Joe Ganim is on the August 14 Democratic primary ballot for governor. Now what? He must set forth ideas for the future so voters don’t focus on his past. Easier said than done.
Most electors vote on the future. Some candidates, via strategists, are loathe to provide specificity–if we say this, what about that?–for fear it will bite them on the campaign trail. Sometimes you can get away with it, given campaign finances, organization and public profile. Ganim doesn’t have that luxury.
Ganim’s message, a state economy that works for everyone, is an inclusive platform to engage voters in a dialogue about where he wants to take the state, but it rings hollow unless he adds some specific meat on the bones to inspire a turnout on his behalf against party-endorsed Ned Lamont who’ll outspend Ganim heavily.
Ganim has created some doubt about Lamont questioning the disconnection of his Greenwich wealth to the plight of poor urban voters who feel left behind and exploiting Lamont’s knowledge depth on government programs such as Renter’s Rebate. It’s a start, but Ganim will need more than urban areas to cut through the static of his past. He’ll need ideas, and bold ones, to ultimately resonate.
For the most part, among the seven candidates for governor–five Republicans, two Democrats–who have qualified for the ballot, GOP petitioning candidate David Stemerman has put forth the boldest initiatives.
Ganim and Lamont have trotted out agreement on most of the basic liberal positions such as supporting organized labor, a $15 minimum wage, gender pay equity, gun control, family leave and revenue increases such as state tolls.
Ganim is not an idealogue; he’s a strategist counterpuncher and gifted retail politician crafty at framing message and drawing contrasts to gain media attention. Give Ganim a policy idea and he can run with it. Lamont is an affable plutocrat who came into prominence in 2006 on one issue: his opposition to the Iraq war embraced by then-incumbent U.S. Senator Joe Lieberman. Lamont won the primary but his campaign failed to pivot a message that resonated with unaffiliated voters who swing general elections in Connecticut. Lieberman prevailed in the general election as a third-party candidate.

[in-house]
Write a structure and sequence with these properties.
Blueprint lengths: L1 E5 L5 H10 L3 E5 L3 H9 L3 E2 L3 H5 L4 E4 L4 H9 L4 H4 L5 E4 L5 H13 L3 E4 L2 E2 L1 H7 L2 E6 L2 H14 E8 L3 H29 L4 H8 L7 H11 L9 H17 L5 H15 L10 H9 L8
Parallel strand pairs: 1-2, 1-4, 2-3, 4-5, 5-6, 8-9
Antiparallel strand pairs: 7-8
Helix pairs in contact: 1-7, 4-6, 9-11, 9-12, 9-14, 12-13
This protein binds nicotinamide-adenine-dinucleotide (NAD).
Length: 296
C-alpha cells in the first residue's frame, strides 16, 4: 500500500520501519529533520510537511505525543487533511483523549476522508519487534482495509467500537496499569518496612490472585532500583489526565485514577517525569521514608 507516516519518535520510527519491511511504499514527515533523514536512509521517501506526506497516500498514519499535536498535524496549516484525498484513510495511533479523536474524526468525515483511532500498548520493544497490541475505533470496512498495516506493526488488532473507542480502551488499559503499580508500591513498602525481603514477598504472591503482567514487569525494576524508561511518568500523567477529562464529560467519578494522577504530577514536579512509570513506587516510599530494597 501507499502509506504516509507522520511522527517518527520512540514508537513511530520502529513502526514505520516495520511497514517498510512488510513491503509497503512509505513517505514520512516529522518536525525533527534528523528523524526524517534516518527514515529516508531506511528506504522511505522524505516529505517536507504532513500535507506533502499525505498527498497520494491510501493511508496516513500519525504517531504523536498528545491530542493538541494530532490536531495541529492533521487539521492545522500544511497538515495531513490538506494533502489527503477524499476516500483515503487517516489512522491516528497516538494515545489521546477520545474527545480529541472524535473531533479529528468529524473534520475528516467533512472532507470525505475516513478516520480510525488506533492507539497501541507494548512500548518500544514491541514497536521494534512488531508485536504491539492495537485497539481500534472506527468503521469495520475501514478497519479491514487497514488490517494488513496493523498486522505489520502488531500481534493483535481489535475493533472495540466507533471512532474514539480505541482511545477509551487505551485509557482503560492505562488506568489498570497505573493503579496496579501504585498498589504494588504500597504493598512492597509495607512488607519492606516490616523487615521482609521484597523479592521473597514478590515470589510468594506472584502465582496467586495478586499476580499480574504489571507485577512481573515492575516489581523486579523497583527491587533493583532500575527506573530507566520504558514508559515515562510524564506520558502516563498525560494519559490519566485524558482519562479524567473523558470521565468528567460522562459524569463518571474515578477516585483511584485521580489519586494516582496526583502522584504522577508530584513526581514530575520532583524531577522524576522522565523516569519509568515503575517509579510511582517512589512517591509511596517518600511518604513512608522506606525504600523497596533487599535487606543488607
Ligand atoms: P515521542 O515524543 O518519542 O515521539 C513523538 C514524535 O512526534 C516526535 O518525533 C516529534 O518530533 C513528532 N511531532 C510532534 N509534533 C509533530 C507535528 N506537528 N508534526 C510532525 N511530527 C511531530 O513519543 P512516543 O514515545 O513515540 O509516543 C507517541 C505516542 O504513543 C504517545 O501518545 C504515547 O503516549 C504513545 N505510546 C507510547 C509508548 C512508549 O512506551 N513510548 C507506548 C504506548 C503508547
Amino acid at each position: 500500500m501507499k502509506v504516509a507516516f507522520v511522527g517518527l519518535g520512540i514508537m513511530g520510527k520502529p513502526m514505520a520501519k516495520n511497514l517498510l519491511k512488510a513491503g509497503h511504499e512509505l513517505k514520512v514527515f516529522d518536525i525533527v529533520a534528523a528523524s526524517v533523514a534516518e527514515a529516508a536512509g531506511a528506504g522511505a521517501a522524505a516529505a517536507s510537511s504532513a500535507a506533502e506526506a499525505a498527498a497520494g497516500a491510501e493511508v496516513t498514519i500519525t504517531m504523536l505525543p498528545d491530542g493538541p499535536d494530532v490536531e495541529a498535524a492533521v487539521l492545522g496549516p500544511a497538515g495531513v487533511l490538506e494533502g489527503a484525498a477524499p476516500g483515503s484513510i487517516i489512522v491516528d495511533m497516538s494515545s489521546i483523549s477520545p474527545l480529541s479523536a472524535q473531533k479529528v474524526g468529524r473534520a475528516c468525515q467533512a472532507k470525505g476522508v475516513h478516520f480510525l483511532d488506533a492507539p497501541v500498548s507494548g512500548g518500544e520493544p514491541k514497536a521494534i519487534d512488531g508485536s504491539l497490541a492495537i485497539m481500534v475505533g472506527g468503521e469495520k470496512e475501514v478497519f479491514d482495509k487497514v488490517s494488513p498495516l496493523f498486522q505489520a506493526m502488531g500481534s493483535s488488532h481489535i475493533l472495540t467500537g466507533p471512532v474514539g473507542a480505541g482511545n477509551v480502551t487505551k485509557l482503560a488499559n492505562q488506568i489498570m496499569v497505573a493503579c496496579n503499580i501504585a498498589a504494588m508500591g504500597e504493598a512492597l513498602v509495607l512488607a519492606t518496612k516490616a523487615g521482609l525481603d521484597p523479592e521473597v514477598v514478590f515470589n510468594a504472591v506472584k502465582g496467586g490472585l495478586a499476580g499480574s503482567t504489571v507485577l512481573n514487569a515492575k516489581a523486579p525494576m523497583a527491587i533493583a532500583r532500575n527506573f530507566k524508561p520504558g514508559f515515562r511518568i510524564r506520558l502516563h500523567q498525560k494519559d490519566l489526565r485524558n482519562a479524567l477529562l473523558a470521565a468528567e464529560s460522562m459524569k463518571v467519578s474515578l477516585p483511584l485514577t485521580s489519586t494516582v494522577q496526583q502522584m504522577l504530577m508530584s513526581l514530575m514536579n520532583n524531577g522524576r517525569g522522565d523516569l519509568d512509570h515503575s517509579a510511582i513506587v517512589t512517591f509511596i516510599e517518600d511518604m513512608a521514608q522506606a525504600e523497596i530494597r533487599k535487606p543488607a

Lamont returned in 2010 challenging party-endorsed Dan Malloy in a gubernatorial primary. Malloy was outspent heavily but still had plenty of dough to make his case on his way to a general election win. In making cases against self-funders (paging Lamont, paging Linda McMahon) in Connecticut it’s not what they spend, it’s what the opposition spends. Does the opponent to the self-funder have enough dough to compete?
It’s a disquieting notion to Ganim operatives. Ganim, as a result of his 2003 felony conviction, is barred from participation in Connecticut’s public financing program so Ganim’s soliciting dollars from large-money donors who may pony up a personal maximum contribution of $3,500.
Then there’s the question of Ganim’s past. How hard does Lamont’s operation go after it? Do they push back or let it go? Depends how close Ganim nips at their heels. Push too hard and Lamont risks alienating an urban voting bloc Lamont must have for the general election. No, they won’t vote for the Republican but will they stay home? The general election, unless something kooky happens, is shaping up as a tight battle presuming Lamont prevails.
So does underdog Ganim have a puncher’s chance to win the primary?
Once again it depends on dear ol’ MOM–money, organization and message.
And some bold ideas so electors focus on the future and not Ganim’s past.